SciELO - Scientific Electronic Library Online

 
vol.95 número3Diversity of galls induced by wasps (Hymenoptera: Cynipidae, Cynipini) associated with oaks (Fagaceae: Quercus) in MexicoDiversidad de musgos en el estado de Aguascalientes, México: Revisión y actualización índice de autoresíndice de materiabúsqueda de artículos
Home Pagelista alfabética de revistas  

Servicios Personalizados

Revista

Articulo

Indicadores

Links relacionados

  • No hay artículos similaresSimilares en SciELO

Compartir


Botanical Sciences

versión On-line ISSN 2007-4476versión impresa ISSN 2007-4298

Resumen

MUNGUIA-LINO, Guadalupe; VARGAS-PONCE, Ofelia  y  RODRIGUEZ, Aarón. Tigridieae (Iridaceae) in North America: floral diversity, flower preservation methods and keys for the identification of genera and species. Bot. sci [online]. 2017, vol.95, n.3, pp.473-502. ISSN 2007-4476.  http://dx.doi.org/10.17129/botsci.727.

Background:

The tribe Tigridieae (Iridaceae) is a monophyletic group restricted to America. It includes bulbous perennial plants with plicate and isobilateral leaves. The inflorescence is a rhipidium and the floral structures are fugacious, very variable in shape, color and size. Tigridieae is taxonomically and morphologically complex. Its generic limits are unresolved and the vegetative uniformity of the tribe complicates species identification. Species are recognized by the position, shape and color of the tepals, stamens and stigma, characters that are difficult to observe in many herbarium specimens.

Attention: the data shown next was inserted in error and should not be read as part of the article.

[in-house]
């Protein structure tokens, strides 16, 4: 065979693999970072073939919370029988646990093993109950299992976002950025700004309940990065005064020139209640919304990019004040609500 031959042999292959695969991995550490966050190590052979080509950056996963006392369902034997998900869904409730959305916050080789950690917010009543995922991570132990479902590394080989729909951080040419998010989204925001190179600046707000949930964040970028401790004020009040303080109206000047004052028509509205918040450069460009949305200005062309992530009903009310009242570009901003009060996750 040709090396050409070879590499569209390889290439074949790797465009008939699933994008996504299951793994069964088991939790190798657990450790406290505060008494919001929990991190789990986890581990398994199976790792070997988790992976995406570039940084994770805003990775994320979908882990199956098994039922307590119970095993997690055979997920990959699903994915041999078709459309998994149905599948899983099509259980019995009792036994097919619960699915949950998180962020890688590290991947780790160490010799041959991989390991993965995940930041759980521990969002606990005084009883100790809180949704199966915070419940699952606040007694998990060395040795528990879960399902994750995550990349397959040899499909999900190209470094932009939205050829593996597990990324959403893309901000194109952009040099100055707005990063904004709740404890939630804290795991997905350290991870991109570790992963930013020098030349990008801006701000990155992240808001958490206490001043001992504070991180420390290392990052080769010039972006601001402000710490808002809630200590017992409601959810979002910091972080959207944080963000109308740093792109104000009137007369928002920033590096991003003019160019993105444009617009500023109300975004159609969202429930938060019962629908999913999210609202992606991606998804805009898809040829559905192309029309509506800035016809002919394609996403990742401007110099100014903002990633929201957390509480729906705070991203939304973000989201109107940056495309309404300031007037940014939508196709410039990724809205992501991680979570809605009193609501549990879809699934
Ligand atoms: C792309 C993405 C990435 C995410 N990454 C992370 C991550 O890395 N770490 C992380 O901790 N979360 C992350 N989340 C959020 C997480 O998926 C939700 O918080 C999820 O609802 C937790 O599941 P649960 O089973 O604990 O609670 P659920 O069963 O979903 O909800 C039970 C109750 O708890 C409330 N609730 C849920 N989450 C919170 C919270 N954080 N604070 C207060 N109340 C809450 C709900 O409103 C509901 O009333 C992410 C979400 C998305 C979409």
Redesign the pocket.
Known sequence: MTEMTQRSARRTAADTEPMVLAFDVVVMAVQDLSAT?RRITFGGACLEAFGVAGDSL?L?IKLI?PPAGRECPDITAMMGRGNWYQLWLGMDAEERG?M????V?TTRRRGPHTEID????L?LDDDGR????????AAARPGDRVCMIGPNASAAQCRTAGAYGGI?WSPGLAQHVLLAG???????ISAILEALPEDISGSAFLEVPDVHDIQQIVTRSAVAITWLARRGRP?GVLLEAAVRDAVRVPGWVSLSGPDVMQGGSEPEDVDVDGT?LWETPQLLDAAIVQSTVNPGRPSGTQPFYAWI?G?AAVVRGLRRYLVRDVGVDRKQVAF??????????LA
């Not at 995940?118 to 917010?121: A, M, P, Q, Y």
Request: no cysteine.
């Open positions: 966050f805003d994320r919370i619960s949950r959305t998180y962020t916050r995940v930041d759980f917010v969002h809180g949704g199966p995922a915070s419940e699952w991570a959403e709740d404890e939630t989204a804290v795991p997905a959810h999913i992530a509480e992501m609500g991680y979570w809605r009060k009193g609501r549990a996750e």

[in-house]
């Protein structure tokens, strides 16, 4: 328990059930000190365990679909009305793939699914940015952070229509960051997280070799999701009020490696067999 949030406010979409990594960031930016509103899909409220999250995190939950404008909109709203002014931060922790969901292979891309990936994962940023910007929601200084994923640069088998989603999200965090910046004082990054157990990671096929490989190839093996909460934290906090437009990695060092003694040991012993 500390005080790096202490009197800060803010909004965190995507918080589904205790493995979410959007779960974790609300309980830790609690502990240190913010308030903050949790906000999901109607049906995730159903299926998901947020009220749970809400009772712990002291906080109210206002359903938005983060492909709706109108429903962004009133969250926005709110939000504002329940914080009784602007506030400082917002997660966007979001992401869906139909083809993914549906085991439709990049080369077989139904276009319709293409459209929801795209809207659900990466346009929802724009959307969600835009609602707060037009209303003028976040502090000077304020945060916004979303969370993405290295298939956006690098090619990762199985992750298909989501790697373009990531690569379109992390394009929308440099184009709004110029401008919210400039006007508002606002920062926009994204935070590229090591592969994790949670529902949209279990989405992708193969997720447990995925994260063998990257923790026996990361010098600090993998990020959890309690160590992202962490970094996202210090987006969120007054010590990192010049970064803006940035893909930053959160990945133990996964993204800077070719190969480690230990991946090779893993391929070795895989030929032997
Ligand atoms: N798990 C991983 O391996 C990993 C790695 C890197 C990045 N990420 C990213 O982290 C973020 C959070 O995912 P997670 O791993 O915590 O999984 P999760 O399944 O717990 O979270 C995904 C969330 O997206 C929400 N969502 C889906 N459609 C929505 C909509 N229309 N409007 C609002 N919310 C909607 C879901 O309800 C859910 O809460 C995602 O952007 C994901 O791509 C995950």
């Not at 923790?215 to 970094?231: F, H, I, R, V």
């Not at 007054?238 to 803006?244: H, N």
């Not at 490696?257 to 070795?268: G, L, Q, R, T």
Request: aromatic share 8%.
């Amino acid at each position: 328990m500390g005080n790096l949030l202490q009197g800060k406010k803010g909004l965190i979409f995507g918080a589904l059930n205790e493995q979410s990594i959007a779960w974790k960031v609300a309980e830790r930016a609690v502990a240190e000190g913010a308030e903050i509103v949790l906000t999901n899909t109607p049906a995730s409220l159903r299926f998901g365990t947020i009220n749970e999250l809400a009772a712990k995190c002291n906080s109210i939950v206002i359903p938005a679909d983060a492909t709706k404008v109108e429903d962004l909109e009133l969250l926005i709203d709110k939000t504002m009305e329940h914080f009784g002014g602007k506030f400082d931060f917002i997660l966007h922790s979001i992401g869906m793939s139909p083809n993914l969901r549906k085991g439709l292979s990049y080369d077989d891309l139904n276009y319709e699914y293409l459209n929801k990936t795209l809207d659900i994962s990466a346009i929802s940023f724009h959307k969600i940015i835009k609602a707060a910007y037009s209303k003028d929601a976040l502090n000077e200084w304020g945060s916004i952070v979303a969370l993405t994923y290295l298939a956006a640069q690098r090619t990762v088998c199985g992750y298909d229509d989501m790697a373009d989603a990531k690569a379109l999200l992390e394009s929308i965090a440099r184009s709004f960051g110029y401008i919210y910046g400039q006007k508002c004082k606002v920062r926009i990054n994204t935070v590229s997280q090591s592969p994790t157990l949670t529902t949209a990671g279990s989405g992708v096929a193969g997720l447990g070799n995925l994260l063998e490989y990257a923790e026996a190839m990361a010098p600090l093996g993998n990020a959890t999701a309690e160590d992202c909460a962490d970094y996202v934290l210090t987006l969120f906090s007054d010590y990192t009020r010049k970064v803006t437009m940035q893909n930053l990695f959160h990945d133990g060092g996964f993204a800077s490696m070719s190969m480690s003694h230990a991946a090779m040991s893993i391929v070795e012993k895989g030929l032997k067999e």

Studied species:

Sixty-seven species of the tribe Tigridieae.

Study site and years of study:

North America (Canada, United States of America and Mexico). The study was conducted from 2009 to 2015.

Methods:

Twenty-three herbaria, floristic studies and monographs were reviewed and specimens were collected in the field. Fresh dissections were performed in order to preserve the flowers and an analysis was conducted of the floral variation and distribution of the species of Tigridieae.

Results:

Keys for the identification of genera and species are presented. Photographs of the species and floral structures are included for their recognition. In addition, a method is described for dissecting and preserving flowers as herbarium specimens. Finally, geographic distribution data are presented.

Conclusions:

In North America, 67 species within14 genera of Tigridieae are known, of which 54 are endemic. Tigridieae exhibits wide floral diversity influenced by its pollinators and geographic isolation. This key for the Tigridieae of North America along with the photographs illustrating floral diversity will facilitate identification of species in the field.

Palabras llave : Mexico; key; floral dissections; distribution; biodiversity; floral diversity.

        · resumen en Español     · texto en Inglés     · Inglés ( pdf )